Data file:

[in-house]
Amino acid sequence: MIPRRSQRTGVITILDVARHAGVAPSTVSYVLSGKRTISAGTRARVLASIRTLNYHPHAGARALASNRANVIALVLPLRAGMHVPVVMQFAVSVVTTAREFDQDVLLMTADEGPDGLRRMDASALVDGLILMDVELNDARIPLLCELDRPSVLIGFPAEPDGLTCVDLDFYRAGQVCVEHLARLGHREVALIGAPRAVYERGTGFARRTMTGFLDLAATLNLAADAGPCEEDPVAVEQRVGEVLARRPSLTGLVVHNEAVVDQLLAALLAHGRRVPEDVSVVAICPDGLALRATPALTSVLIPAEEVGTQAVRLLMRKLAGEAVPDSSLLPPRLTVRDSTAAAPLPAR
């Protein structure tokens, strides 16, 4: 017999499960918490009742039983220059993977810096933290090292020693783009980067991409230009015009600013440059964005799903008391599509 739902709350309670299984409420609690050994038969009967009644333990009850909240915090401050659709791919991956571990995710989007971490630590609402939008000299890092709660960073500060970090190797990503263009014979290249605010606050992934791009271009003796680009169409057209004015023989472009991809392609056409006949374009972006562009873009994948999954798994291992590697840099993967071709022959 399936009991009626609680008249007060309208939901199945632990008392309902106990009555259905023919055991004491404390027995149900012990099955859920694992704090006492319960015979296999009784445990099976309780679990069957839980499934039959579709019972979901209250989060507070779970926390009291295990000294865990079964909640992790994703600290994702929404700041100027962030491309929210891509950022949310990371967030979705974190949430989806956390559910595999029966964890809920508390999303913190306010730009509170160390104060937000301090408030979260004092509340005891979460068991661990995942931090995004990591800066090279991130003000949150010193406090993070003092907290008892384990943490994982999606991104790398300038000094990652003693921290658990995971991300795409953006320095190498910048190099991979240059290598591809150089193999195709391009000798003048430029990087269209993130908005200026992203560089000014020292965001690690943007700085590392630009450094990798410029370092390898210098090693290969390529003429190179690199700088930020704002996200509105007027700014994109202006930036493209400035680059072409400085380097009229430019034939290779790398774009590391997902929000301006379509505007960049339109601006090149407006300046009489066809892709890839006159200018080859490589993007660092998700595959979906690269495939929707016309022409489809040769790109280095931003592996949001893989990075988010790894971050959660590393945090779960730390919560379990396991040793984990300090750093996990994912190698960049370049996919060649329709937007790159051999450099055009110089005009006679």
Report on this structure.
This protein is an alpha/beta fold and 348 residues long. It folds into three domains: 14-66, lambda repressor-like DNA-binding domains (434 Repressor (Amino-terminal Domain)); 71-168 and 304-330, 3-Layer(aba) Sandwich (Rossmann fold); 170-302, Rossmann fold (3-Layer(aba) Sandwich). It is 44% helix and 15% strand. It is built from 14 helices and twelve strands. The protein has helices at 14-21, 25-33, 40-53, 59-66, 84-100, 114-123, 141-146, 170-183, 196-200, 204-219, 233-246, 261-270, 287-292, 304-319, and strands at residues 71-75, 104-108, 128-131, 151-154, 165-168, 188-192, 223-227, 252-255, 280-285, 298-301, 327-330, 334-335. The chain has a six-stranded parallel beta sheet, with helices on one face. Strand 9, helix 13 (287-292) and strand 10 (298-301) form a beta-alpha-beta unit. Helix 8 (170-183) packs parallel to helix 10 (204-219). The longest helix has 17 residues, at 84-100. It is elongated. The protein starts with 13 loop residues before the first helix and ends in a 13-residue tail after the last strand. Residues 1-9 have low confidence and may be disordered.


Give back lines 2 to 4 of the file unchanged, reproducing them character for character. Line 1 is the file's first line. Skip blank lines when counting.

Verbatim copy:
Amino acid sequence: MIPRRSQRTGVITILDVARHAGVAPSTVSYVLSGKRTISAGTRARVLASIRTLNYHPHAGARALASNRANVIALVLPLRAGMHVPVVMQFAVSVVTTAREFDQDVLLMTADEGPDGLRRMDASALVDGLILMDVELNDARIPLLCELDRPSVLIGFPAEPDGLTCVDLDFYRAGQVCVEHLARLGHREVALIGAPRAVYERGTGFARRTMTGFLDLAATLNLAADAGPCEEDPVAVEQRVGEVLARRPSLTGLVVHNEAVVDQLLAALLAHGRRVPEDVSVVAICPDGLALRATPALTSVLIPAEEVGTQAVRLLMRKLAGEAVPDSSLLPPRLTVRDSTAAAPLPAR
């Protein structure tokens, strides 16, 4: 017999499960918490009742039983220059993977810096933290090292020693783009980067991409230009015009600013440059964005799903008391599509 739902709350309670299984409420609690050994038969009967009644333990009850909240915090401050659709791919991956571990995710989007971490630590609402939008000299890092709660960073500060970090190797990503263009014979290249605010606050992934791009271009003796680009169409057209004015023989472009991809392609056409006949374009972006562009873009994948999954798994291992590697840099993967071709022959 399936009991009626609680008249007060309208939901199945632990008392309902106990009555259905023919055991004491404390027995149900012990099955859920694992704090006492319960015979296999009784445990099976309780679990069957839980499934039959579709019972979901209250989060507070779970926390009291295990000294865990079964909640992790994703600290994702929404700041100027962030491309929210891509950022949310990371967030979705974190949430989806956390559910595999029966964890809920508390999303913190306010730009509170160390104060937000301090408030979260004092509340005891979460068991661990995942931090995004990591800066090279991130003000949150010193406090993070003092907290008892384990943490994982999606991104790398300038000094990652003693921290658990995971991300795409953006320095190498910048190099991979240059290598591809150089193999195709391009000798003048430029990087269209993130908005200026992203560089000014020292965001690690943007700085590392630009450094990798410029370092390898210098090693290969390529003429190179690199700088930020704002996200509105007027700014994109202006930036493209400035680059072409400085380097009229430019034939290779790398774009590391997902929000301006379509505007960049339109601006090149407006300046009489066809892709890839006159200018080859490589993007660092998700595959979906690269495939929707016309022409489809040769790109280095931003592996949001893989990075988010790894971050959660590393945090779960730390919560379990396991040793984990300090750093996990994912190698960049370049996919060649329709937007790159051999450099055009110089005009006679």
Report on this structure.